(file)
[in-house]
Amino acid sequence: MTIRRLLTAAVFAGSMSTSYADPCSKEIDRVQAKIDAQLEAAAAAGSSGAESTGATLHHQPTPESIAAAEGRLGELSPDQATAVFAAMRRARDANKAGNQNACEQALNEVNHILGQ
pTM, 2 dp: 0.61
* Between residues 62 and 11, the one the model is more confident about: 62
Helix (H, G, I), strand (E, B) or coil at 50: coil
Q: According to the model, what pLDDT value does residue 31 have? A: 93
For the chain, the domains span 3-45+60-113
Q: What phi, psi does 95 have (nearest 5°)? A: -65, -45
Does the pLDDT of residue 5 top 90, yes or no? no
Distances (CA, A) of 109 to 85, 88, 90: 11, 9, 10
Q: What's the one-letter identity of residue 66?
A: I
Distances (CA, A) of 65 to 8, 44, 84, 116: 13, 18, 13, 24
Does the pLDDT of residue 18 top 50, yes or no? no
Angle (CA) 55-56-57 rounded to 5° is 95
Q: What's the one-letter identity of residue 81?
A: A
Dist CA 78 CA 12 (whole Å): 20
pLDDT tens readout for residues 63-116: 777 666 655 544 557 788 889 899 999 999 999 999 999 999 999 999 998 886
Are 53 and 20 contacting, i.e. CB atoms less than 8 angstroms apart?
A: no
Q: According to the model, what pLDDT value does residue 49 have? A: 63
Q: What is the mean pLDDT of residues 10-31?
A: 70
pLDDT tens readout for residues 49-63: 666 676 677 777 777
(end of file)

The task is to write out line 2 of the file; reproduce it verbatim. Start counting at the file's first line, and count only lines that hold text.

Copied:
Amino acid sequence: MTIRRLLTAAVFAGSMSTSYADPCSKEIDRVQAKIDAQLEAAAAAGSSGAESTGATLHHQPTPESIAAAEGRLGELSPDQATAVFAAMRRARDANKAGNQNACEQALNEVNHILGQ